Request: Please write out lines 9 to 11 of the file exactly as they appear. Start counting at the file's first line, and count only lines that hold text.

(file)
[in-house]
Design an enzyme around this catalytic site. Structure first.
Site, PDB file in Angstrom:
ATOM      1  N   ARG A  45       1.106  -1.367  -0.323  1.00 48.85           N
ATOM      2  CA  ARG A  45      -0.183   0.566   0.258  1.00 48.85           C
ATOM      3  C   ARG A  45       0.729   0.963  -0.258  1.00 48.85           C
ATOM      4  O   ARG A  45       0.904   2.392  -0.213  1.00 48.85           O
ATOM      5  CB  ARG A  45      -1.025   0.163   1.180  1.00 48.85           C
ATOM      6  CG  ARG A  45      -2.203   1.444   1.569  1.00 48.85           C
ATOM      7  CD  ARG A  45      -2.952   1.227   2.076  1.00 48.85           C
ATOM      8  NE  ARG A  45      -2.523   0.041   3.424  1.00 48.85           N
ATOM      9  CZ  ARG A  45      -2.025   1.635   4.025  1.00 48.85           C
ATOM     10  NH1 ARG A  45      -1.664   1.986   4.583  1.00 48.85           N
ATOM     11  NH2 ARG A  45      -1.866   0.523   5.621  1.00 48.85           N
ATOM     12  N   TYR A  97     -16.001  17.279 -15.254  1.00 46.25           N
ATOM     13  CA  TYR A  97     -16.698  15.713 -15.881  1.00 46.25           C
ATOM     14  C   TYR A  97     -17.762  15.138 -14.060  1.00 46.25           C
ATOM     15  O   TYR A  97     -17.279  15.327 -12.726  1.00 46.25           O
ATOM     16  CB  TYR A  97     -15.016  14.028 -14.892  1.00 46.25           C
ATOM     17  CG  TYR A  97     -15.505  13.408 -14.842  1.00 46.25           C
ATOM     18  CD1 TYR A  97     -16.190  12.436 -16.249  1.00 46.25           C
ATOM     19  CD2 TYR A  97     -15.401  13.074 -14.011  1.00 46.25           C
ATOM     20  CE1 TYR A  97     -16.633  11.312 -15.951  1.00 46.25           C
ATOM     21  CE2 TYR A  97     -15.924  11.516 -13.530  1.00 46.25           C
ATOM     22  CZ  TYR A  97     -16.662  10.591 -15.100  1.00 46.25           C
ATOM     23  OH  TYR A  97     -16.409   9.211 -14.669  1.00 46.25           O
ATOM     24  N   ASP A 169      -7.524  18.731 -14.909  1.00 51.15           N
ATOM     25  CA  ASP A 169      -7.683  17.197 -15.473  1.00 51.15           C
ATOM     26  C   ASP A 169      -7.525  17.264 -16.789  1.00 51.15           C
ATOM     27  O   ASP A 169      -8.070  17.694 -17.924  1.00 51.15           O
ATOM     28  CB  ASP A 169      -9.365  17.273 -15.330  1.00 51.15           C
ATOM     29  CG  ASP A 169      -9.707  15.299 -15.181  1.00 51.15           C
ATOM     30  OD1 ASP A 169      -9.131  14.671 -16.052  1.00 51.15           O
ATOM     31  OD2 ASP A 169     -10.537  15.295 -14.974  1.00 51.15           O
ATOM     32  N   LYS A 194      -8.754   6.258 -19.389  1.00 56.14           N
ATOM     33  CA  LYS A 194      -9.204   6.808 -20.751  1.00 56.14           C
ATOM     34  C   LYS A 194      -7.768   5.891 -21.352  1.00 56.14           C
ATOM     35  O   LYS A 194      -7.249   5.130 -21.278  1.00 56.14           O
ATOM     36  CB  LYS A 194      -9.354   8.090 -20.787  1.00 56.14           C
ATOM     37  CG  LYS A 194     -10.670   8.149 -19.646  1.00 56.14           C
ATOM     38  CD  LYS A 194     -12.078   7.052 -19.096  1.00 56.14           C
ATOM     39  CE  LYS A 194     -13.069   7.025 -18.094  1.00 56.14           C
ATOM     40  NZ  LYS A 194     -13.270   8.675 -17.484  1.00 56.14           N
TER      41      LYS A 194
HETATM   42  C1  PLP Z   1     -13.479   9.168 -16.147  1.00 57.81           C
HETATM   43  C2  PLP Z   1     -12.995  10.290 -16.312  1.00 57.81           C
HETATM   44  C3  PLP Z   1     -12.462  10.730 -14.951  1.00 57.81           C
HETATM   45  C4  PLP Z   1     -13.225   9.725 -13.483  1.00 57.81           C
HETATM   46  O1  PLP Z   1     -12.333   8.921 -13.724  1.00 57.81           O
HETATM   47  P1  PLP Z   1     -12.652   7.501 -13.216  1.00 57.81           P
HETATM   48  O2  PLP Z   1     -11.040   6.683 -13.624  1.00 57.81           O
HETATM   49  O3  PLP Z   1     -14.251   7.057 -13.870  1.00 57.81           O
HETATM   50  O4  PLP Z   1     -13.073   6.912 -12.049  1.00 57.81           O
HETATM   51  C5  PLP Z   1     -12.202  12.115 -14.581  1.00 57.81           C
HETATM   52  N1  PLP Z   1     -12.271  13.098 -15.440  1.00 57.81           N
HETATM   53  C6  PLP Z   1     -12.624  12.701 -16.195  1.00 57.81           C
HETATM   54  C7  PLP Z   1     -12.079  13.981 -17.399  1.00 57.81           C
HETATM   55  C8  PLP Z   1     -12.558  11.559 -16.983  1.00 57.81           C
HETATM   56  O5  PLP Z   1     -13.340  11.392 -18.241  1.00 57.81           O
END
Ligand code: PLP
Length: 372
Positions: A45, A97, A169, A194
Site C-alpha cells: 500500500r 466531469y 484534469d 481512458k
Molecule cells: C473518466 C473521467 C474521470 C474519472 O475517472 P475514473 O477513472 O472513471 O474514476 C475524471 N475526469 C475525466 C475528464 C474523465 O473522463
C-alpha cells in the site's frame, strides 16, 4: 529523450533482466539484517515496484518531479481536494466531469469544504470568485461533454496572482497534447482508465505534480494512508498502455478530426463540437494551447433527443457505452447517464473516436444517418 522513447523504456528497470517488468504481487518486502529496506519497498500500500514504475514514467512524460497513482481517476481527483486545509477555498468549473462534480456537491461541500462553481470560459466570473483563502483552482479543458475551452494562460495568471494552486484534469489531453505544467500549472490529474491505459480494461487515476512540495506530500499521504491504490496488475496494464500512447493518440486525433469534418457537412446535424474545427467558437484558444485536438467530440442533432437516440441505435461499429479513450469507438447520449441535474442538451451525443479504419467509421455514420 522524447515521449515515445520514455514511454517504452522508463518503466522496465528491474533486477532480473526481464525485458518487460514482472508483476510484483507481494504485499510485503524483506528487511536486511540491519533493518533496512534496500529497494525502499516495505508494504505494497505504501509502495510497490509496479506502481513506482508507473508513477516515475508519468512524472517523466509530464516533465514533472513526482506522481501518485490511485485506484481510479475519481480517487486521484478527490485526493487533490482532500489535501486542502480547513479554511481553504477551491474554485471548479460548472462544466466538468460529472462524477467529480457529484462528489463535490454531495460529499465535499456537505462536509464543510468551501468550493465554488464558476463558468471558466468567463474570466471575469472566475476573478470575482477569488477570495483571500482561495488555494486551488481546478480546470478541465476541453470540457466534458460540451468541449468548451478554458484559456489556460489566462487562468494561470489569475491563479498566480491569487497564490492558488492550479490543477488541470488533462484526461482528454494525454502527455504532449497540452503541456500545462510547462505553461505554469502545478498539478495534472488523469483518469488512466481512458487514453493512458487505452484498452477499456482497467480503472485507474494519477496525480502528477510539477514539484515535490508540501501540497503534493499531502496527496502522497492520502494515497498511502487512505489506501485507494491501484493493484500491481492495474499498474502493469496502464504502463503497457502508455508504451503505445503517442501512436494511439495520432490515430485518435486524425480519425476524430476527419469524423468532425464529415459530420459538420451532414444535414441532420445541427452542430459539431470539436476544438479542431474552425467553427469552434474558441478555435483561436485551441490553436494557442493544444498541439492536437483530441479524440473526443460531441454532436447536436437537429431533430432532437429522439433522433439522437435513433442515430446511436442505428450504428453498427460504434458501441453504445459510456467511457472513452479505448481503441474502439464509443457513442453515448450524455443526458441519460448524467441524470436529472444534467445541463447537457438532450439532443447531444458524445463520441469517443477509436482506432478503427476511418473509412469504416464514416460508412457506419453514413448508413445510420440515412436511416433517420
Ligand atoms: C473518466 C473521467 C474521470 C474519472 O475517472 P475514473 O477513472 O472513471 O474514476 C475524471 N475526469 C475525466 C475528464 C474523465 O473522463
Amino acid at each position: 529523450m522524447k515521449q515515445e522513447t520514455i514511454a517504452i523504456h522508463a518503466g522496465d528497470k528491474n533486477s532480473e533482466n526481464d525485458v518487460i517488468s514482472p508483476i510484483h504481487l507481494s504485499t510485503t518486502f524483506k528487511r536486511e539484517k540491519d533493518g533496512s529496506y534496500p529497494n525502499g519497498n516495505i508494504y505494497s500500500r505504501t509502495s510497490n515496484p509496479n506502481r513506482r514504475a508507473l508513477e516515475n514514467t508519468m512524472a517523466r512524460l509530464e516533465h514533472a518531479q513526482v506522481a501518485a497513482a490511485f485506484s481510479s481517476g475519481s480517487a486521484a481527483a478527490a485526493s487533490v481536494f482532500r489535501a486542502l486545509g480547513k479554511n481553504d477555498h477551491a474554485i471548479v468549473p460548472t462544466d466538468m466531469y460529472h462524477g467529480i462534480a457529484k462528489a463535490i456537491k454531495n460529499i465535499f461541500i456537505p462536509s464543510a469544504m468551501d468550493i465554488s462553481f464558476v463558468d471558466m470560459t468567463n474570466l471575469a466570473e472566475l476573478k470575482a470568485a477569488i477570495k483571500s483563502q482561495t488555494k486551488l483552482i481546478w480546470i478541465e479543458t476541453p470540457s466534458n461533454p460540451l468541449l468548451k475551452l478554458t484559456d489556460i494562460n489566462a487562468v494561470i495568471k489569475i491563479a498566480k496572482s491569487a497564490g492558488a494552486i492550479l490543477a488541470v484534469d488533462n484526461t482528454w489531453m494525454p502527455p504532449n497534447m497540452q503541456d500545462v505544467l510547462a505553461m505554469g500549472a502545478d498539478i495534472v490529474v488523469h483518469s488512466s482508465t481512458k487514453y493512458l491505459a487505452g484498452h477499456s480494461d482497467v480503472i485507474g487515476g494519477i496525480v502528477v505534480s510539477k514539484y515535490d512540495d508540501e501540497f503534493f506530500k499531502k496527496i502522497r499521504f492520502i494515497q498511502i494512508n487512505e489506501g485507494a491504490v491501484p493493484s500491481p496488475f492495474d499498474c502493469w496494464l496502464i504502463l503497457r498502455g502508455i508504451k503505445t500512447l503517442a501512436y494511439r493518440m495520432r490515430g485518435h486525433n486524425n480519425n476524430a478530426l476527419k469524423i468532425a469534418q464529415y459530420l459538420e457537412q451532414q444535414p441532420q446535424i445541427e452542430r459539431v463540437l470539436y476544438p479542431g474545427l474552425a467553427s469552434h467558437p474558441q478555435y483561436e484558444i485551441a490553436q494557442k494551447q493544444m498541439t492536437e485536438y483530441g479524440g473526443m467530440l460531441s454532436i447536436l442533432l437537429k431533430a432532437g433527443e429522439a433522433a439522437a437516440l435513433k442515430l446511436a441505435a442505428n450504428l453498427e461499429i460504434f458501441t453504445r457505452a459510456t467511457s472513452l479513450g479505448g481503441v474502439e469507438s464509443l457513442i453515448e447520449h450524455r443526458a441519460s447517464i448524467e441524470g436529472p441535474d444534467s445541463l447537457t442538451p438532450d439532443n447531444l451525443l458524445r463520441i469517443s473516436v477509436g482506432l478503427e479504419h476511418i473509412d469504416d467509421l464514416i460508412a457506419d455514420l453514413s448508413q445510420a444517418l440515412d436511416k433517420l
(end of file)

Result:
ATOM      6  CG  ARG A  45      -2.203   1.444   1.569  1.00 48.85           C
ATOM      7  CD  ARG A  45      -2.952   1.227   2.076  1.00 48.85           C
ATOM      8  NE  ARG A  45      -2.523   0.041   3.424  1.00 48.85           N